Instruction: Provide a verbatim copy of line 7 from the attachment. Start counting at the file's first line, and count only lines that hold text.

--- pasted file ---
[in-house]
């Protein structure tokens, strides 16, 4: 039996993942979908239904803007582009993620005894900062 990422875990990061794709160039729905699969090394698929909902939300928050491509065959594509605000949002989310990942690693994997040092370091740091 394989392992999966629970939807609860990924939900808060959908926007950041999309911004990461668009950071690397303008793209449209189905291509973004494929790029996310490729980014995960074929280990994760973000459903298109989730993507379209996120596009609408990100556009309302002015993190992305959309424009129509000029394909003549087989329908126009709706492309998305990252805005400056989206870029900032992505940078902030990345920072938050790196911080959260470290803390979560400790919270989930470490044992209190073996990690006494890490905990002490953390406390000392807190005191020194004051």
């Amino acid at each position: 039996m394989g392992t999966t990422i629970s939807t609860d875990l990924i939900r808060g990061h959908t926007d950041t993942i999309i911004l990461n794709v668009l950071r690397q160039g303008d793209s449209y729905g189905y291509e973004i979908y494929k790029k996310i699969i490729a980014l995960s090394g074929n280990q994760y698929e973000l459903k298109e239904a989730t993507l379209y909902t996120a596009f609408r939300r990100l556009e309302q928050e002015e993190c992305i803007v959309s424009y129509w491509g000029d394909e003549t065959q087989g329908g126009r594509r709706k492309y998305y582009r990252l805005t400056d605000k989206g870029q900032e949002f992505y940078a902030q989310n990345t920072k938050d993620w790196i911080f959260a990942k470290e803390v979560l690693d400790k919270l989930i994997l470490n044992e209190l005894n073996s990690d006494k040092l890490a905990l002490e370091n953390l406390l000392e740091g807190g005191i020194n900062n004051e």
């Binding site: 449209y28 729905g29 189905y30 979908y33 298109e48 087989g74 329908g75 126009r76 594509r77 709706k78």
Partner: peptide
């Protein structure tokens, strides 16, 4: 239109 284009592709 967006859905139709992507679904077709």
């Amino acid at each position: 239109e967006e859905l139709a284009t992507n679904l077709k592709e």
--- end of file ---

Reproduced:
């Amino acid at each position: 239109e967006e859905l139709a284009t992507n679904l077709k592709e």